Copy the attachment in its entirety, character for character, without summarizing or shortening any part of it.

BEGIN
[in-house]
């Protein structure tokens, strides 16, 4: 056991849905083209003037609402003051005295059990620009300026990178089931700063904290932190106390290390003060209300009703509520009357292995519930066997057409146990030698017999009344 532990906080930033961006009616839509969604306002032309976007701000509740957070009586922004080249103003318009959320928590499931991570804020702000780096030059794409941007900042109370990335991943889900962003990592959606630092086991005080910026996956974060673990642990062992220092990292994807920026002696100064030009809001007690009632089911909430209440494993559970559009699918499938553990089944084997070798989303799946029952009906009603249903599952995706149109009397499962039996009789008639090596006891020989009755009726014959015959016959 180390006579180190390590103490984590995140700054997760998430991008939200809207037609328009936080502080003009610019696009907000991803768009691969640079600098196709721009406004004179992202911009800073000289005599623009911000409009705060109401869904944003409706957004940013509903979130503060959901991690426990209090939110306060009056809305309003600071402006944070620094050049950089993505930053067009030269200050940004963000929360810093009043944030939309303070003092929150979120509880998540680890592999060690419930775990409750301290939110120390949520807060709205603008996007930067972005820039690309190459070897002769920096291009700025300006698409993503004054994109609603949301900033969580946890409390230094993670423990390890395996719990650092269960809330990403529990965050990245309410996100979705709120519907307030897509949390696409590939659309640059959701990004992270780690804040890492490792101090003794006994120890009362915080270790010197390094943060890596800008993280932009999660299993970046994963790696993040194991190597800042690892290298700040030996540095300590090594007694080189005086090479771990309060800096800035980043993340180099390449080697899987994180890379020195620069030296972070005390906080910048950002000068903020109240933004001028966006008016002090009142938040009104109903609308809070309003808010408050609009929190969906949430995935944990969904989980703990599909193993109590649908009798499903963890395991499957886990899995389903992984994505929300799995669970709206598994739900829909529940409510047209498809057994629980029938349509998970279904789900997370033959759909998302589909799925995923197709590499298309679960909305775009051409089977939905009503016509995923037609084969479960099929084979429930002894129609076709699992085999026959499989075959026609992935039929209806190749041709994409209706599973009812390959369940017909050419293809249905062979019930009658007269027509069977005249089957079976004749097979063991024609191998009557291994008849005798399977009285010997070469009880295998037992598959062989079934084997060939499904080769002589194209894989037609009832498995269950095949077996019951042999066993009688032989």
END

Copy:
[in-house]
């Protein structure tokens, strides 16, 4: 056991849905083209003037609402003051005295059990620009300026990178089931700063904290932190106390290390003060209300009703509520009357292995519930066997057409146990030698017999009344 532990906080930033961006009616839509969604306002032309976007701000509740957070009586922004080249103003318009959320928590499931991570804020702000780096030059794409941007900042109370990335991943889900962003990592959606630092086991005080910026996956974060673990642990062992220092990292994807920026002696100064030009809001007690009632089911909430209440494993559970559009699918499938553990089944084997070798989303799946029952009906009603249903599952995706149109009397499962039996009789008639090596006891020989009755009726014959015959016959 180390006579180190390590103490984590995140700054997760998430991008939200809207037609328009936080502080003009610019696009907000991803768009691969640079600098196709721009406004004179992202911009800073000289005599623009911000409009705060109401869904944003409706957004940013509903979130503060959901991690426990209090939110306060009056809305309003600071402006944070620094050049950089993505930053067009030269200050940004963000929360810093009043944030939309303070003092929150979120509880998540680890592999060690419930775990409750301290939110120390949520807060709205603008996007930067972005820039690309190459070897002769920096291009700025300006698409993503004054994109609603949301900033969580946890409390230094993670423990390890395996719990650092269960809330990403529990965050990245309410996100979705709120519907307030897509949390696409590939659309640059959701990004992270780690804040890492490792101090003794006994120890009362915080270790010197390094943060890596800008993280932009999660299993970046994963790696993040194991190597800042690892290298700040030996540095300590090594007694080189005086090479771990309060800096800035980043993340180099390449080697899987994180890379020195620069030296972070005390906080910048950002000068903020109240933004001028966006008016002090009142938040009104109903609308809070309003808010408050609009929190969906949430995935944990969904989980703990599909193993109590649908009798499903963890395991499957886990899995389903992984994505929300799995669970709206598994739900829909529940409510047209498809057994629980029938349509998970279904789900997370033959759909998302589909799925995923197709590499298309679960909305775009051409089977939905009503016509995923037609084969479960099929084979429930002894129609076709699992085999026959499989075959026609992935039929209806190749041709994409209706599973009812390959369940017909050419293809249905062979019930009658007269027509069977005249089957079976004749097979063991024609191998009557291994008849005798399977009285010997070469009880295998037992598959062989079934084997060939499904080769002589194209894989037609009832498995269950095949077996019951042999066993009688032989």